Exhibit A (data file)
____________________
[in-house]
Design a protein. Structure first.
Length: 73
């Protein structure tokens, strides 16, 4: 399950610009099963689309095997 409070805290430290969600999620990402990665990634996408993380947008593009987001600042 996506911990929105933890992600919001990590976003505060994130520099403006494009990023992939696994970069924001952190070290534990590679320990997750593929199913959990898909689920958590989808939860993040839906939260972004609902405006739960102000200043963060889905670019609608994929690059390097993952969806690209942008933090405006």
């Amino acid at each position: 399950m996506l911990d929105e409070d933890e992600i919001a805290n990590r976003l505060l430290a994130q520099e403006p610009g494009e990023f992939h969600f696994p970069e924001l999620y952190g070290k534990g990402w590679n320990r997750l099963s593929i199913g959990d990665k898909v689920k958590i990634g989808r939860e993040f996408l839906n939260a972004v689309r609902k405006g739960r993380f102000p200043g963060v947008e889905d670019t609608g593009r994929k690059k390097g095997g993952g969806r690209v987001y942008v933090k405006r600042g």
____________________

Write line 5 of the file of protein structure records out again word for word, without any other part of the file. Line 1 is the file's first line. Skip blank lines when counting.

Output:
């Amino acid at each position: 399950m996506l911990d929105e409070d933890e992600i919001a805290n990590r976003l505060l430290a994130q520099e403006p610009g494009e990023f992939h969600f696994p970069e924001l999620y952190g070290k534990g990402w590679n320990r997750l099963s593929i199913g959990d990665k898909v689920k958590i990634g989808r939860e993040f996408l839906n939260a972004v689309r609902k405006g739960r993380f102000p200043g963060v947008e889905d670019t609608g593009r994929k690059k390097g095997g993952g969806r690209v987001y942008v933090k405006r600042g």